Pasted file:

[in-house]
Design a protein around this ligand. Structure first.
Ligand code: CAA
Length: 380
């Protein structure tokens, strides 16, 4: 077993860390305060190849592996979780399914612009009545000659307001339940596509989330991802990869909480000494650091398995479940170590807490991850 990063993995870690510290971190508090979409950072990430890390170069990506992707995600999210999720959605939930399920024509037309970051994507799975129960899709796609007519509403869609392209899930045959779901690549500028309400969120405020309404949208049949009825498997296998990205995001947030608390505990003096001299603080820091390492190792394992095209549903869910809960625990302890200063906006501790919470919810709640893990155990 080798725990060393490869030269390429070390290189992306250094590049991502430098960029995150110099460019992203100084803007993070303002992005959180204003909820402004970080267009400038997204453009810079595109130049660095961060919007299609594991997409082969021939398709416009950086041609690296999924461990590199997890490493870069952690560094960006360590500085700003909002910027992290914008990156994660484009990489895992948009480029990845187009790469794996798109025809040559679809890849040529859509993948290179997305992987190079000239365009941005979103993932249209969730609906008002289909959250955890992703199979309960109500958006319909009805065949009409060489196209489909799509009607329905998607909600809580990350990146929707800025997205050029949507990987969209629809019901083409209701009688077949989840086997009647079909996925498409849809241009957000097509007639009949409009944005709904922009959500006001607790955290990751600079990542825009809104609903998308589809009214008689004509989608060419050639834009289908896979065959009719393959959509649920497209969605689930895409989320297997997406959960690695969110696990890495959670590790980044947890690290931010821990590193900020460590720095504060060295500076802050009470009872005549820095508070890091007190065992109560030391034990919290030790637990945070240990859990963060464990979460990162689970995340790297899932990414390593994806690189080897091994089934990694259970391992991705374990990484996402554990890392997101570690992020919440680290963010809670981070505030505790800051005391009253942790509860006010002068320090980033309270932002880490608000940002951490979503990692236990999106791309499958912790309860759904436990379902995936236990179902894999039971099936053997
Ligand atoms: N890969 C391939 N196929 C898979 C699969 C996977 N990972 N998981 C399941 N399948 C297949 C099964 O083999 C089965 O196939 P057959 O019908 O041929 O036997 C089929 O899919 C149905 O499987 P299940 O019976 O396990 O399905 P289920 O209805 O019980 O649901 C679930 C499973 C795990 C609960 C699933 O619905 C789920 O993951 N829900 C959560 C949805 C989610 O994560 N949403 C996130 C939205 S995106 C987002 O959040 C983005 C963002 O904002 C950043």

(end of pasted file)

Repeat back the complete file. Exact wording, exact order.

[in-house]
Design a protein around this ligand. Structure first.
Ligand code: CAA
Length: 380
């Protein structure tokens, strides 16, 4: 077993860390305060190849592996979780399914612009009545000659307001339940596509989330991802990869909480000494650091398995479940170590807490991850 990063993995870690510290971190508090979409950072990430890390170069990506992707995600999210999720959605939930399920024509037309970051994507799975129960899709796609007519509403869609392209899930045959779901690549500028309400969120405020309404949208049949009825498997296998990205995001947030608390505990003096001299603080820091390492190792394992095209549903869910809960625990302890200063906006501790919470919810709640893990155990 080798725990060393490869030269390429070390290189992306250094590049991502430098960029995150110099460019992203100084803007993070303002992005959180204003909820402004970080267009400038997204453009810079595109130049660095961060919007299609594991997409082969021939398709416009950086041609690296999924461990590199997890490493870069952690560094960006360590500085700003909002910027992290914008990156994660484009990489895992948009480029990845187009790469794996798109025809040559679809890849040529859509993948290179997305992987190079000239365009941005979103993932249209969730609906008002289909959250955890992703199979309960109500958006319909009805065949009409060489196209489909799509009607329905998607909600809580990350990146929707800025997205050029949507990987969209629809019901083409209701009688077949989840086997009647079909996925498409849809241009957000097509007639009949409009944005709904922009959500006001607790955290990751600079990542825009809104609903998308589809009214008689004509989608060419050639834009289908896979065959009719393959959509649920497209969605689930895409989320297997997406959960690695969110696990890495959670590790980044947890690290931010821990590193900020460590720095504060060295500076802050009470009872005549820095508070890091007190065992109560030391034990919290030790637990945070240990859990963060464990979460990162689970995340790297899932990414390593994806690189080897091994089934990694259970391992991705374990990484996402554990890392997101570690992020919440680290963010809670981070505030505790800051005391009253942790509860006010002068320090980033309270932002880490608000940002951490979503990692236990999106791309499958912790309860759904436990379902995936236990179902894999039971099936053997
Ligand atoms: N890969 C391939 N196929 C898979 C699969 C996977 N990972 N998981 C399941 N399948 C297949 C099964 O083999 C089965 O196939 P057959 O019908 O041929 O036997 C089929 O899919 C149905 O499987 P299940 O019976 O396990 O399905 P289920 O209805 O019980 O649901 C679930 C499973 C795990 C609960 C699933 O619905 C789920 O993951 N829900 C959560 C949805 C989610 O994560 N949403 C996130 C939205 S995106 C987002 O959040 C983005 C963002 O904002 C950043």